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Eugene King
 
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The Misnomer of South African ‘Reconciliation’

20 May 2014, 12:07

“If a white man puts his arm around me voluntarily, that's brotherhood. But if you - if you hold a gun on him and make him embrace me and pretend to be friendly or brotherly toward me, then that's not brotherhood, that's hypocrisy.” – Malcolm X 

After celebrating 20 years of South Africa’s ‘democracy’ and successfully organising the 5th ‘democratic’ elections, the issue of ‘reconciliation’, especially in the South African context has been playing in my mind.

It was Nelson Mandela and his great friend Desmond Tutu who championed this idea of ‘reconciliation’ in South Africa at the dawn of ‘democracy’. At face value, the basic logic behind this project is somewhat understandable considering the history of separation and injustice that characterises South Africa’s past.

This piece serves as my personal criticism of the South African ‘reconciliation’ project, both as it has been articulated and subsequently practised in South Africa since the first ‘democratic’ elections.

My criticism here will not delve into the practicalities of what it has meant socio-economically, especially for natives post 1994, but I will try to restrict myself to a critic simply on a conceptual level.

I think it would be better if I started this piece by first dealing with the semantics, and then proceed from there with my criticism of the South African ‘reconciliation’ project.

What does ‘reconciliation’ actually mean?

The Merriam-Webster dictionary defines ‘reconcile’ as:

·  To cause people or groups to become friendly again after an argument or disagreement.

·   To restore to friendship or harmony.

In other words, the basic tenet of a reconciliatory process is to restore, to bring back together what was before etc. The basic assumption is that the parties being ‘reconciled’ should or must have been somehow together before, in some sort of a ‘relationship’. This is why we would talk about a couple ‘reconciling’, families ‘reconciling’, friends ‘reconciling’ etc. True reconciliation talks about a mending of a broken relationship.

Therefore, true reconciliation presupposes some sort of a prior relationship. It would therefore be very odd for a person to talk about ‘reconciliation’ between strangers; strangers don’t reconcile, they have to acquaint one with the other.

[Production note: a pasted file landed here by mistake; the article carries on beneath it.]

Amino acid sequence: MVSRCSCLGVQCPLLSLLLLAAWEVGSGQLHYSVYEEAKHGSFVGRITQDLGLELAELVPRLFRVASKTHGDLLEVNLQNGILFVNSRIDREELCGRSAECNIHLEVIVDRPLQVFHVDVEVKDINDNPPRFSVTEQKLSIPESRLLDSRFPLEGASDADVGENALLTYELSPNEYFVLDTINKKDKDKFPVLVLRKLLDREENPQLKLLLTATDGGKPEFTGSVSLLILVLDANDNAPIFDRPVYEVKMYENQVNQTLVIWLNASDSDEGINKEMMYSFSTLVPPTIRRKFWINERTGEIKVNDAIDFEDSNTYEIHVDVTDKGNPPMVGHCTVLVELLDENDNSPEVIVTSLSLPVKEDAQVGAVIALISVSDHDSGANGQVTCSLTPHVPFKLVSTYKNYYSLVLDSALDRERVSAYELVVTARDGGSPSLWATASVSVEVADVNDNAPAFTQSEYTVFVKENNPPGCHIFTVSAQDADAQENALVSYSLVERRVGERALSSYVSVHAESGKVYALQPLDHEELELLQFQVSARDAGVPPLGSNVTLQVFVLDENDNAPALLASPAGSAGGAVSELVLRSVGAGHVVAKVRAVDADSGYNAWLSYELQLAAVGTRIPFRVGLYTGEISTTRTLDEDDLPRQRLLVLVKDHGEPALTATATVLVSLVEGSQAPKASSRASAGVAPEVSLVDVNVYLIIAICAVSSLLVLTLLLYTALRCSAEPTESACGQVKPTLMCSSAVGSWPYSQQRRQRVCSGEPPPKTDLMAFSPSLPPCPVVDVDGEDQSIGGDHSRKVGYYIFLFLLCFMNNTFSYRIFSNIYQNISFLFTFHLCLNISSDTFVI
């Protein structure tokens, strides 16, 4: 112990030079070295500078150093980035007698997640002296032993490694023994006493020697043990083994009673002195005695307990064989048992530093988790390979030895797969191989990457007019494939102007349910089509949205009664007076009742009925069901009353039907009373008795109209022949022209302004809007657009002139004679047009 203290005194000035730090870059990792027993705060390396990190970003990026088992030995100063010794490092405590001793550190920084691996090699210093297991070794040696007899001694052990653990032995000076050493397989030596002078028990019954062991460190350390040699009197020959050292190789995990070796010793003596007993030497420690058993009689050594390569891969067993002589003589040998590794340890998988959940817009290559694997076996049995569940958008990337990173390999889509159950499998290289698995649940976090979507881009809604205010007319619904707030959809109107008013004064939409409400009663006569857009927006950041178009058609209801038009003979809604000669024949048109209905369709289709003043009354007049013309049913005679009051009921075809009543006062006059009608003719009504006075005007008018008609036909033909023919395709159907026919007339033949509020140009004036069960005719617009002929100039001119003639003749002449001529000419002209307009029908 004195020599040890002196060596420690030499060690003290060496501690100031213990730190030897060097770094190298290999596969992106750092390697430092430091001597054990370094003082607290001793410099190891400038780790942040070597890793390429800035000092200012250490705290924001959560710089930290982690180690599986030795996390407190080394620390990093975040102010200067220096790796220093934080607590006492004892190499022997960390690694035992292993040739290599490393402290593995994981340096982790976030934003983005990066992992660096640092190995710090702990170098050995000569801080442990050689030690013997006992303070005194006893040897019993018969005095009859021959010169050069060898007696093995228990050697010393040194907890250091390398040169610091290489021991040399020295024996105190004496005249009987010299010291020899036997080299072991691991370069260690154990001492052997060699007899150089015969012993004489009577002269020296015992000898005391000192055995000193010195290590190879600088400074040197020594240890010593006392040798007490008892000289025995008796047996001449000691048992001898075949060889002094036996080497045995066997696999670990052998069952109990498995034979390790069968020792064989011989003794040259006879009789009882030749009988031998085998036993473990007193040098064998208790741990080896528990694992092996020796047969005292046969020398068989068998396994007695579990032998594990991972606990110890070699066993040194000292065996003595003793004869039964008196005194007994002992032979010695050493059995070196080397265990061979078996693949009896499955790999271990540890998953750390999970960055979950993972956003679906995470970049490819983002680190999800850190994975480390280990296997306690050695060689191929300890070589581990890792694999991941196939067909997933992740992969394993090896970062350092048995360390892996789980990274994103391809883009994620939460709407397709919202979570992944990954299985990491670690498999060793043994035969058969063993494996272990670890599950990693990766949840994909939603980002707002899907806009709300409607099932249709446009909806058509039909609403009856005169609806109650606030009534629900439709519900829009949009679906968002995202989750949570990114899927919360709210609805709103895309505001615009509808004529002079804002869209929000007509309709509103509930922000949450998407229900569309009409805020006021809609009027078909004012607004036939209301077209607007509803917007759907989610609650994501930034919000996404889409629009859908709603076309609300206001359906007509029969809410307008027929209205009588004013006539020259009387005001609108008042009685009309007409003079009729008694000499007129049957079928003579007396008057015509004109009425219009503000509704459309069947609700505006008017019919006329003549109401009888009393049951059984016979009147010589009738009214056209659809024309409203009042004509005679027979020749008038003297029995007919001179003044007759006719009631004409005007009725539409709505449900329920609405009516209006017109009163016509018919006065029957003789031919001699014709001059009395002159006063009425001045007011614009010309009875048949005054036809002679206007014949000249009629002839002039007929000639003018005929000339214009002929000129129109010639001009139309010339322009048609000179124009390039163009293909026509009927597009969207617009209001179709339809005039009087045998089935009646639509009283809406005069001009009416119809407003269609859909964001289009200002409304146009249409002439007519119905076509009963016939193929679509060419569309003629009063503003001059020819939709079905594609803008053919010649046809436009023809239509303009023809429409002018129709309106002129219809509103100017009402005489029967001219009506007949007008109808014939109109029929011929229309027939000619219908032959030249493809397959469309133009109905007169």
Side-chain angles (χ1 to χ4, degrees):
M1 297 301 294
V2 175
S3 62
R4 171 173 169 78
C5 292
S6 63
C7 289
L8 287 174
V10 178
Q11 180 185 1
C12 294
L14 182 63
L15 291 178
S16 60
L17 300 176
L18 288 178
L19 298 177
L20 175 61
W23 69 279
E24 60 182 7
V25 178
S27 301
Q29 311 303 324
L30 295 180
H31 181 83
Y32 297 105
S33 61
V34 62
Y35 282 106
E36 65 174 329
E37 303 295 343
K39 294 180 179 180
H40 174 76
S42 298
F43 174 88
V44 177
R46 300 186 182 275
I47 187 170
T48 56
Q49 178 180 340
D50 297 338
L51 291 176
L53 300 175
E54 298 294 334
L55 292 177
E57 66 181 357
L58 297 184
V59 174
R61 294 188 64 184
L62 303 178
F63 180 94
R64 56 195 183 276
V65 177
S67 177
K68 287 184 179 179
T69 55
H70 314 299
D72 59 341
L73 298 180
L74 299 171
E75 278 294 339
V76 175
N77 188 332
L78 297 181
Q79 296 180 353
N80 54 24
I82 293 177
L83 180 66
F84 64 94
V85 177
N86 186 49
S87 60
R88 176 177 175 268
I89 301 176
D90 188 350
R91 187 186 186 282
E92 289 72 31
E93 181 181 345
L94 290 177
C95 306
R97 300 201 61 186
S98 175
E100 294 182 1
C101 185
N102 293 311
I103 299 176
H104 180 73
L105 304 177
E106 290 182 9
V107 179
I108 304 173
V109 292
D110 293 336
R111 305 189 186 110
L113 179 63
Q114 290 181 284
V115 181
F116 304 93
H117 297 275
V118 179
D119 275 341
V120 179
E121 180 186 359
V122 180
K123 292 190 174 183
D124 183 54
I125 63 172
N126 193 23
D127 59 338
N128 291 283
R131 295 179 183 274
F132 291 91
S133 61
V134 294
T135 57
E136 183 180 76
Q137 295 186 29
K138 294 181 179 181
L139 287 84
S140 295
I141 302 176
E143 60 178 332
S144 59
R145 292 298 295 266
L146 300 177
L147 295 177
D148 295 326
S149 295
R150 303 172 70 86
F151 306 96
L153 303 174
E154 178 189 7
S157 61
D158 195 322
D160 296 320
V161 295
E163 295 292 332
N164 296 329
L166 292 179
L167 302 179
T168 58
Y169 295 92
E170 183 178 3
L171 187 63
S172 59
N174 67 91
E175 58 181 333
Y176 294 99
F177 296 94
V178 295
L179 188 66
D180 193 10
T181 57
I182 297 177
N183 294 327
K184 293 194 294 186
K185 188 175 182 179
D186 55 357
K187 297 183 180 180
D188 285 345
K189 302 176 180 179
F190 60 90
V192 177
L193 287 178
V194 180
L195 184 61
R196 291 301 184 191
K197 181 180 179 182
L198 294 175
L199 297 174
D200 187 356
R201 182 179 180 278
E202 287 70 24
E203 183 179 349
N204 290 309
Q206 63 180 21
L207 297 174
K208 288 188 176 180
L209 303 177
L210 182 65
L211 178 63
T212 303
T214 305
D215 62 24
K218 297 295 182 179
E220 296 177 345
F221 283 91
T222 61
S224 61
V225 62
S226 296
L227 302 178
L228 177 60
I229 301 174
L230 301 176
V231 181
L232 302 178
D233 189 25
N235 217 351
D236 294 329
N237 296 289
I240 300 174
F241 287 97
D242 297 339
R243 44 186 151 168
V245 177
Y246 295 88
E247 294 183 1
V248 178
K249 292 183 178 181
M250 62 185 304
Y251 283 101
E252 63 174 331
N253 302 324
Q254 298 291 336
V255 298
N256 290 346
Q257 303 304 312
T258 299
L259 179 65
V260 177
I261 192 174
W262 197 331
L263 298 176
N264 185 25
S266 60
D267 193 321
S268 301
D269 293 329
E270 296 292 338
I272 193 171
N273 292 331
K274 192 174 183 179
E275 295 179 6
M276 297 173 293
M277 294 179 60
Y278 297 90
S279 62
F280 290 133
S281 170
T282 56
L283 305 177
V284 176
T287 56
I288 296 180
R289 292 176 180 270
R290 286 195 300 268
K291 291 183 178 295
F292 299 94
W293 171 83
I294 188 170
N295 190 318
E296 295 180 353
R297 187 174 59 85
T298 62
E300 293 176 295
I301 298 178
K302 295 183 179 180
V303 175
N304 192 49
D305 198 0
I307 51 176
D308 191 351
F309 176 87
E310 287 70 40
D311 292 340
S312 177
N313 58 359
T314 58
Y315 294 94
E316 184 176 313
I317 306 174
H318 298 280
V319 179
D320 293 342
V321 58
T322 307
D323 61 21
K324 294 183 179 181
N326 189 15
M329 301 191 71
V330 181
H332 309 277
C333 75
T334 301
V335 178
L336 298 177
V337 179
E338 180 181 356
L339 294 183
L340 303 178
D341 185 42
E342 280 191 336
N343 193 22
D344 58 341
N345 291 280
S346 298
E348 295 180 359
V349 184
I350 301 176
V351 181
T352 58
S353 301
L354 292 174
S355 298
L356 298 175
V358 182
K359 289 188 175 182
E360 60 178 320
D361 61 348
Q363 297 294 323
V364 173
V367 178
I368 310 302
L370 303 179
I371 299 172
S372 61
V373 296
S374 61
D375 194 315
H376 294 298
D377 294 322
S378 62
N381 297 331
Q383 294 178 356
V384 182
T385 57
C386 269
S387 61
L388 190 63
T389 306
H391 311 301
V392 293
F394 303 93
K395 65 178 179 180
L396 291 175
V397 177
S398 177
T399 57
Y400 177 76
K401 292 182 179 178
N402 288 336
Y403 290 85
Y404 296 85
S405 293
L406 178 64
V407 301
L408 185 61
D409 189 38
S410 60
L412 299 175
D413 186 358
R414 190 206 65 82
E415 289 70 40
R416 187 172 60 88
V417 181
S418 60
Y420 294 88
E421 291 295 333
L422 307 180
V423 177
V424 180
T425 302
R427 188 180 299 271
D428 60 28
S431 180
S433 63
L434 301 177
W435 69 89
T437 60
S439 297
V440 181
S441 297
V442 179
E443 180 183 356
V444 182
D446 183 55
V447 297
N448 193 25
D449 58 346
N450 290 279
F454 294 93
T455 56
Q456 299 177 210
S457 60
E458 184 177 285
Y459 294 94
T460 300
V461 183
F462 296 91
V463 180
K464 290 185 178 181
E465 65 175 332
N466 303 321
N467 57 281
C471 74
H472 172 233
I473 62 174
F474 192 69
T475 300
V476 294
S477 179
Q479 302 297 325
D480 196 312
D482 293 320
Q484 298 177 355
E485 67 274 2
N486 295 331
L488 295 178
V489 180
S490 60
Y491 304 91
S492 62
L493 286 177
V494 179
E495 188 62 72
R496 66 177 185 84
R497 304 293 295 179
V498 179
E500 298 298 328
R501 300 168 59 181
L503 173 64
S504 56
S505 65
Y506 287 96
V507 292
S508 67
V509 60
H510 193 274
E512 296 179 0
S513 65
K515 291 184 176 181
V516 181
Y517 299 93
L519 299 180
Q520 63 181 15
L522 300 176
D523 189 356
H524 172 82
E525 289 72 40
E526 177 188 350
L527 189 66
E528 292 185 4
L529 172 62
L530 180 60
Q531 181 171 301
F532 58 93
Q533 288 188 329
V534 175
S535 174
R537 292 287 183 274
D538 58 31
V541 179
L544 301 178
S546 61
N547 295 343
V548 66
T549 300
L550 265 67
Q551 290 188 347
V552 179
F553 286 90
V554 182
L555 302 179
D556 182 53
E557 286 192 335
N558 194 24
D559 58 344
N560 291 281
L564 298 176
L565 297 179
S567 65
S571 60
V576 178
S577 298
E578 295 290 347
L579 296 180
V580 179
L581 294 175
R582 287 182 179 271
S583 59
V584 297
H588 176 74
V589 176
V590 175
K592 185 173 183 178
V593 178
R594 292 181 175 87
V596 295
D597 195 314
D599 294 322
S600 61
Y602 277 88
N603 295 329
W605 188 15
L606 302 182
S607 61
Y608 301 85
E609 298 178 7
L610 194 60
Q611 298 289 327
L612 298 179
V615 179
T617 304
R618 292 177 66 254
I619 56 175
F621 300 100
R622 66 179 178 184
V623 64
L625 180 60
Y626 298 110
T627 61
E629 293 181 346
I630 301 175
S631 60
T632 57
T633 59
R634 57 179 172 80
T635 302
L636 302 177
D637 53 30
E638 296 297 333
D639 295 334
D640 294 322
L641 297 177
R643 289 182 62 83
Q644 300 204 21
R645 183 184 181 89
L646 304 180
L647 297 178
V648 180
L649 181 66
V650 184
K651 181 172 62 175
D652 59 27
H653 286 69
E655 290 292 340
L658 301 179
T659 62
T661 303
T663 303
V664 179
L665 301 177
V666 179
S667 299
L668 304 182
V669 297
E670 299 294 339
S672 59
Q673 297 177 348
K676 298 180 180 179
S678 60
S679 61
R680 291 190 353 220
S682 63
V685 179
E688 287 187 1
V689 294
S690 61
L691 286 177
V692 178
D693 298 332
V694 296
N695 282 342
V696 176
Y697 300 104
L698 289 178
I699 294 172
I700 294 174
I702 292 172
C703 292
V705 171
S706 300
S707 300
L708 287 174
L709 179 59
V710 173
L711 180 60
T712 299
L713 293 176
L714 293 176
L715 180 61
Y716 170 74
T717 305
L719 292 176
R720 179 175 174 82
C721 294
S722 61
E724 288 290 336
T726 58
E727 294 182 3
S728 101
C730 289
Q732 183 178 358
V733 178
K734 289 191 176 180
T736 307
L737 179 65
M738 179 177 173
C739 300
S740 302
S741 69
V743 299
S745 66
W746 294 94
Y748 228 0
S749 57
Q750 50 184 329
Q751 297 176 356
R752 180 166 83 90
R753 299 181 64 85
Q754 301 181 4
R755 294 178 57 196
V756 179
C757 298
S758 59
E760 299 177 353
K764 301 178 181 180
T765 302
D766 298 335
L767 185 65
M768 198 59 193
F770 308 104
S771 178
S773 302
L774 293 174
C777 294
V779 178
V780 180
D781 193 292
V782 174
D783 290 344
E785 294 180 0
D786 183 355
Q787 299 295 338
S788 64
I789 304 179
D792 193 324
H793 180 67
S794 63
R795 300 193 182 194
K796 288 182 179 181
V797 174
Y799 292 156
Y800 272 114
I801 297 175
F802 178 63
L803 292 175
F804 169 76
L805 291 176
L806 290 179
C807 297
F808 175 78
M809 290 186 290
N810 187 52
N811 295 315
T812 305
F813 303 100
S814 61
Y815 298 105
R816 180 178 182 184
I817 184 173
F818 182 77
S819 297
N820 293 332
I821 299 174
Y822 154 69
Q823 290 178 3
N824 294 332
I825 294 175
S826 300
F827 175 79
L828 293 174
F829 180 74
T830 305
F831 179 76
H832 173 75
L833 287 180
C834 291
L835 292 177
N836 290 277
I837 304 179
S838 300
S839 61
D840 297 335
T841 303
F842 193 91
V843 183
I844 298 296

My argument is that the idea of ‘reconciliation’ is a complete misnomer in the South African context, especially when it relates to ‘race’ relations between the descendants of Azanian natives and that of European colonial settlers.

From even a shallow run through the history of Azania, it appears very odd that we even came close to a concept of ‘reconciliation’.

If one studies the history of South Africa’s ‘race’ relations from the first time European settlers set foot in Azania in 1652 until the end of apartheid, one doesn’t even find a moment during that time of any friendship between the two groups. History is littered with wars of land dispossession, injustice and gross violations of human rights, not friendly relations.

There is no moment in the history of this country were European settlers properly met with Azanian natives; properly introduced themselves and extended a hand of friendship.

From the European invasion of the Cape in the seventeenth century, to the genocide against the Khoi people, and then further genocides and dispossession of other native groups; to the crowning of the military defeat of African people in 1910, there’s not even a moment of any ‘friendship’ between the natives and Europeans.

Even when one superficially scans through the history between 1910 and 1948, and then further from 1948 to 1994, one doesn’t find any moment where Europeans and natives actually met properly. The history only shows how Europeans arrogantly imposed themselves on the natives, and how they suppressed them initially militarily, and then later through unjust laws.

History shows that Natives have never really properly met with European settlers here, such that even in 1994 these two groups were still strangers to each other. I would also argue that even 20 years after ‘democracy’, we are all still strangers to each other.

How do we then even start talking about ‘reconciliation’? How do you even begin to ‘reconcile’ strangers?

If we are to be really honest with ourselves, what we need to do is to first meet each other properly, introduce ourselves and start a new journey. I personally believe the past twenty years have been a farce; years of very deep pretences under the guise of a ‘rainbow nation’ that is devoid of truth and justice. There can never be true friendship without justice here.

And finally, like all genuine friendships, the terms and conditions should be such that they satisfy justice, and they are also mutually beneficial. I would like to argue therefore, that the primary among the conditions of our friendship should be that the Azanian natives should first be reconciled with their land.

Follow Eugene on twitter @geno_brown 

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